How To Cope With Adversity And Develop Personal Resilience

In our pursuit of happiness, developing personal resilience is a skill many stumble upon but few master. What makes a person resilient and how does one cultivate resiliency? Lisa Phillips, a Life and Confidence Coach sheds light on how to build resiliency.


Dealing with a major life event can be difficult. Your life may have taken a complete turn and you are left feeling lost and wondering what to do next. One thing which can assist you when life throws you difficulties is learning a few resilience skills.

Personal resilience is about learning to cope through life’s ups and downs and being able to bounce back, even in difficult times. It is about viewing hardships as an obstacle to overcome rather than something that takes over and makes you feel defeated. Resilience is a quality that allows you to get back up with more determination after being knocked down. It is about cultivating, through practice, a mindset that does not allow every little negative thing to take over one’s life or to make one feel like a failure.

Your level of personal resilience is determined by the way you cope with stress and adversity. Do you let other people upset you all the time or are you able to cope with conflict in a healthy manner? Do you allow little setbacks to put you in a bad mood all day?

Psychologists have identified some of the factors that make someone resilient. These include a positive attitude, optimism, the ability to regulate emotions, and the ability to see failure as a form of helpful feedback.

Here are a few of my top tips for building resiliency.

Create a Self-Care Life

Start to care whether you feel good or bad. It really is your own choice how you choose to look at things. Recognise that dwelling on issues will only make you feel worse, so decide to let them go. Spend time looking after your own emotional well-being and make it your first priority to feel good. Even if someone around is having a hard time, you don’t need to soak it up. Spend time doing things you enjoy and that make you feel good.

Surround yourself with friends who lift you up rather than beat you up!

Our friends can assist us in feeling resilient but choose wisely. Spend your time with people who can see how fabulous you are and won’t feed any negative or ‘victim’ feelings you may be experiencing. The best friends are those that will lift you up when you may be feeling down.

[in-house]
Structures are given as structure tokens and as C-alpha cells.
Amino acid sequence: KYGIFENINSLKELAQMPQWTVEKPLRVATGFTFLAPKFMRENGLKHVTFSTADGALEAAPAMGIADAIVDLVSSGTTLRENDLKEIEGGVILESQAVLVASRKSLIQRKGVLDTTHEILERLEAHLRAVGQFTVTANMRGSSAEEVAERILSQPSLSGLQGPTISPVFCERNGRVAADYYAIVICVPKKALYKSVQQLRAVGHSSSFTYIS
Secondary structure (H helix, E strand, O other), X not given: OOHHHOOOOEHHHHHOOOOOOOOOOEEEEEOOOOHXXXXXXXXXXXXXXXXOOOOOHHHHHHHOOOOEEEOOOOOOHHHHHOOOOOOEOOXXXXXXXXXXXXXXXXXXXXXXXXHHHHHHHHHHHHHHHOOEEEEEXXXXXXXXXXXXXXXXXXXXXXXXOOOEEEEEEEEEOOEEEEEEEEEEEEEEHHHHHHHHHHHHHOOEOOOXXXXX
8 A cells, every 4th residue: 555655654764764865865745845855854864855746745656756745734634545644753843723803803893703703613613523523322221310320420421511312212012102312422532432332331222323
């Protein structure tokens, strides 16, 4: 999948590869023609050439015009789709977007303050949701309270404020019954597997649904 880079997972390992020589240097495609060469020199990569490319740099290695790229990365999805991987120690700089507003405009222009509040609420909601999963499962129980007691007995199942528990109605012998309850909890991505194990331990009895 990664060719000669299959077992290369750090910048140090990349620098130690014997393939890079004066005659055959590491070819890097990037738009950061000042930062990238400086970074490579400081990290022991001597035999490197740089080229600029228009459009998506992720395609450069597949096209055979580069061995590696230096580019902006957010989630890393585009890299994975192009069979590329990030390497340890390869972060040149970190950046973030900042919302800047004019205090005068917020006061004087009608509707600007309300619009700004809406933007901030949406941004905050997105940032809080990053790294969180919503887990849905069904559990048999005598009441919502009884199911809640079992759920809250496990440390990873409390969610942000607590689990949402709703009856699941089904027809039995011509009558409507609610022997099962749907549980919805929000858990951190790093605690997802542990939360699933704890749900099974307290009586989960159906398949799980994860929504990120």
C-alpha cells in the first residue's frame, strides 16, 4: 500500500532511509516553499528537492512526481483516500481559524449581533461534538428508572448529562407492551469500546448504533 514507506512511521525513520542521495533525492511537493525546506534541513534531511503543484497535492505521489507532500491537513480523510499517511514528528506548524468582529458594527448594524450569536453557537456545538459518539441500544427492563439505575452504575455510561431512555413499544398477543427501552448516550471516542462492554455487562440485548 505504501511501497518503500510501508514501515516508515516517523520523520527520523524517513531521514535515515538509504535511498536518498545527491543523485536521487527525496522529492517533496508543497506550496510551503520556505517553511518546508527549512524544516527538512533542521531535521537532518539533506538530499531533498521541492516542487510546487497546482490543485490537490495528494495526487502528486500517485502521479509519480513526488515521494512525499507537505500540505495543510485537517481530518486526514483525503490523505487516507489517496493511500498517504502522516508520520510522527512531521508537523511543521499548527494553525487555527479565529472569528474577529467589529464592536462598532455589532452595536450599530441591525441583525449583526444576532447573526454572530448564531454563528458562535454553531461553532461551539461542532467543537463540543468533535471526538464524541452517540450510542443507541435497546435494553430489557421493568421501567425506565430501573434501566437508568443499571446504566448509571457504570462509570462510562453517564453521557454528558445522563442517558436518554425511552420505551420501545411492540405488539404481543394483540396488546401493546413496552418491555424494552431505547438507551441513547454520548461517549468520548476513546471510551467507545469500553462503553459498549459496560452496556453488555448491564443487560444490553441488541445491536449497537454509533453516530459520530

Encourage and Soothe Yourself

Self-talk is a huge part of being resilient. If things go wrong, what do you tell yourself?

Do you blame others or yourself?

Do you tell yourself that things will never be the same again and that you won’t be able to cope?

Do you think that if something doesn’t go according to plan that it is a major disaster?

Stop thinking like a victim. Change your self talk to encourage yourself and acknowledge that although you may be struggling right now, things will turn out ok in the end.

Practice Meditation

Meditation is a great tool for stress and there is no right or wrong way of meditating. Start with five  minutes a day and watch your stress levels take a dive.

Examine your own emotional hijacks

People who are less resilient tend to fly off the handle quickly and suffer from ‘emotional hijacks’. If this is you, identify what the trigger is.

What is it that makes you react in this way?

What is it that causes you to ‘flip your switch’?

Remember, the way we choose to react has nothing to do with anyone else. We have a choice to how we react to any situation. Take a look within and work out what your own triggers are.

Lisa Phillips is a Life and Confidence Coach with over 13 years’ experience and primarily works with women assisting them to feel great and build up their confidence muscle! With a background in training and communication, Lisa features regularly in the media and her expert advice is currently show cased on Studio 10 ( Channel 10.) In addition to coaching, Lisa has passion for keynote speaking and regularly speaks at large events across Australia on topics such as empowerment and assertiveness. To find out more about Lisa, please see [email protected] or


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